The sentiment behind this movement of social equity and intentionality is optimistic, as one of the goals within the agreement between the EDC and Local First is for half of the businesses in Grand Rapids to take the Quick Impact Assessment within the next five years.

“We have people throughout the city helping us with that goal, but that is one of the deliverables,” Schultze says. “We have specific deliverables: inclusion and equity. This means the intentional employment of people from the Black, Hispanic, and underserved populations, and that specifically is referring to a certain census tract that has higher unemployment rates and a lower per capita income rate.”

However ambitious of a goal this may seem, the consensus is that, because consumers are seeking out businesses whose moral ideals are in alignment with their own, it is forcing the head of businesses to evolve with their audience. Schultze explains that this idea of a world in which employer practices bleed into the real world, outside of the workplace, is “no longer conceptual.” More specifically, tools like the Quick Impact Assessment are providing businesses with the honest insight they need to become more sensible to the world changing around them.

Images courtesy of Local First.

Meet Up to Eat Up program provides free meals to kids during summer vacation

According to the Michigan School Data information database, 73,377 children between the grades of kindergarten and 12th grade were eligible for free lunch during the 2017-2018 fall school year in the state of Michigan. Eligibility for free lunch is dependent on the income of each family.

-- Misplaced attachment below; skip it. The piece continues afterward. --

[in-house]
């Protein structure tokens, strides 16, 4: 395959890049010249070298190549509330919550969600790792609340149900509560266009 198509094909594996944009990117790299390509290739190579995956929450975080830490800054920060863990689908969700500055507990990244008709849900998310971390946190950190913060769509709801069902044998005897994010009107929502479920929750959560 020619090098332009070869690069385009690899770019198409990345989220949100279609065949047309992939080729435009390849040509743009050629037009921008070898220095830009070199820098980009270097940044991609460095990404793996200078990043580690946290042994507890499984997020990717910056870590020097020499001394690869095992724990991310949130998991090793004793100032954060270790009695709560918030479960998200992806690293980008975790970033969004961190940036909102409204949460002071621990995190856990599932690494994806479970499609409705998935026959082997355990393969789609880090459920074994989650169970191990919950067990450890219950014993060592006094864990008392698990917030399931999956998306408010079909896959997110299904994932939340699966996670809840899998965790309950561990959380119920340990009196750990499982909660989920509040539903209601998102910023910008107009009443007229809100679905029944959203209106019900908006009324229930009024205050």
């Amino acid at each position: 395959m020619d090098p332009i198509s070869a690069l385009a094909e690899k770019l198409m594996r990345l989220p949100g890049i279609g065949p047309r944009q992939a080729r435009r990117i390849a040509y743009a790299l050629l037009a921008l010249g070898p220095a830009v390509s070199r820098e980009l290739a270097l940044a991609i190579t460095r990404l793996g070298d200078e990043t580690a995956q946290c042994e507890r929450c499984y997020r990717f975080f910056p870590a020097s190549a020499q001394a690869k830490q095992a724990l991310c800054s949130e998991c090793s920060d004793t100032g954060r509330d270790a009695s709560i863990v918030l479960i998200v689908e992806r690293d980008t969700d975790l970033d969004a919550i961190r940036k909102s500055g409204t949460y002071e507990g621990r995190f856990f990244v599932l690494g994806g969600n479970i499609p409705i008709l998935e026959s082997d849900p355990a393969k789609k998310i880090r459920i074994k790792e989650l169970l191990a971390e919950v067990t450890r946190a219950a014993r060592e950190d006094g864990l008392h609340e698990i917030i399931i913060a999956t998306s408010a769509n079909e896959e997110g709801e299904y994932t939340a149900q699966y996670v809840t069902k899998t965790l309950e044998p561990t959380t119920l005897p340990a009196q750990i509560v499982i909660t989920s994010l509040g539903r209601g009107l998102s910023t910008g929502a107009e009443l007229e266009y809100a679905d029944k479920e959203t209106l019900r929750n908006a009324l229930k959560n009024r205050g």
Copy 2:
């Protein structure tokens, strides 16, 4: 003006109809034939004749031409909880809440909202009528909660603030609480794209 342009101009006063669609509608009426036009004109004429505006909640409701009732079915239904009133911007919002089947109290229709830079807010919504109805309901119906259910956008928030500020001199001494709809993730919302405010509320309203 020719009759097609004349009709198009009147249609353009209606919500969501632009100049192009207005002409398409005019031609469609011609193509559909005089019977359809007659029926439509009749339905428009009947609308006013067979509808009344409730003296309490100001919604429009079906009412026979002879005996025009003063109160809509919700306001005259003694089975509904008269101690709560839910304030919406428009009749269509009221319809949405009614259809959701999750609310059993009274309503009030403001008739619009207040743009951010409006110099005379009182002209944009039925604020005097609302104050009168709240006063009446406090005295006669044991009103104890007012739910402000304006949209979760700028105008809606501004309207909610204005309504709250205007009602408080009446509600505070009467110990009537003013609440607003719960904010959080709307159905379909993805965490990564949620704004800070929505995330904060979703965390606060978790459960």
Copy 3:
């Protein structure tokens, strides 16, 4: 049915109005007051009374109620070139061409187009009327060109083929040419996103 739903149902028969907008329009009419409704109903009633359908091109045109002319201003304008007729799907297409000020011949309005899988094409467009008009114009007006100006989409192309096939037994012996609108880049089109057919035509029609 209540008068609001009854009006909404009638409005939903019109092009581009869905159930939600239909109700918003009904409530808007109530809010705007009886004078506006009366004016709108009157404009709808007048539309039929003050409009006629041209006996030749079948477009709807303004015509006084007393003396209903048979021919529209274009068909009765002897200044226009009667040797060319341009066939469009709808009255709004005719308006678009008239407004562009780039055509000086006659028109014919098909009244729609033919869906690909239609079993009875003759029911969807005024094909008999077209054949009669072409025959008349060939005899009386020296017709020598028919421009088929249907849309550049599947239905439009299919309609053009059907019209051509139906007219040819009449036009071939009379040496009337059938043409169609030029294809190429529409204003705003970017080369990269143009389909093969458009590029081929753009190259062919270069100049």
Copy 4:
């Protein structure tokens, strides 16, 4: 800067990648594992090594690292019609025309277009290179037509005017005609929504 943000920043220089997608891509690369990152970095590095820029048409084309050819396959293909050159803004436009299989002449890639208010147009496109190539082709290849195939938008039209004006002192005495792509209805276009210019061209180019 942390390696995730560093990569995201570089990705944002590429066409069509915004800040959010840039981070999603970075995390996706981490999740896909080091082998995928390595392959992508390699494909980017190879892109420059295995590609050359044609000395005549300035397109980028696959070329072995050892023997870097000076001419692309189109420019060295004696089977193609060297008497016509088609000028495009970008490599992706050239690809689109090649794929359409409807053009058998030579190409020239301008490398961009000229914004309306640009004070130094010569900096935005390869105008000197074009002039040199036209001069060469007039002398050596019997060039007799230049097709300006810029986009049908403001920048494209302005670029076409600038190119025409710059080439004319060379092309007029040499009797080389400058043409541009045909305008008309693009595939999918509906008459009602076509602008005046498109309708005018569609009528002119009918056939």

According local education professionals, for students who come from low-income families, school is sometimes their primary source of reliable nutrition, which is why programs like Meet Up to Eat Up are important.

“...hunger doesn’t stop for the summer time, and basically, this is a bridged gap between meals that students may miss between the time school ends and starts back up in the fall,” says Grand Rapids Public Schools Director of Nutrition Services Phillip Green. “So this provides them an opportunity to receive some of the meals they would receive if they were in school.”

Meet Up to Eat Up is a program funded by the U.S. Department of Agriculture and the Michigan Department of Education, which allows kids who are 18 years old and under to receive free meals during the summer. The meals are served at various locations throughout Grand Rapids, typically providing breakfast and lunch Monday through Thursday; however, there are some locations who provide meals on Friday as well. Their first service of summer was held Monday, June 11.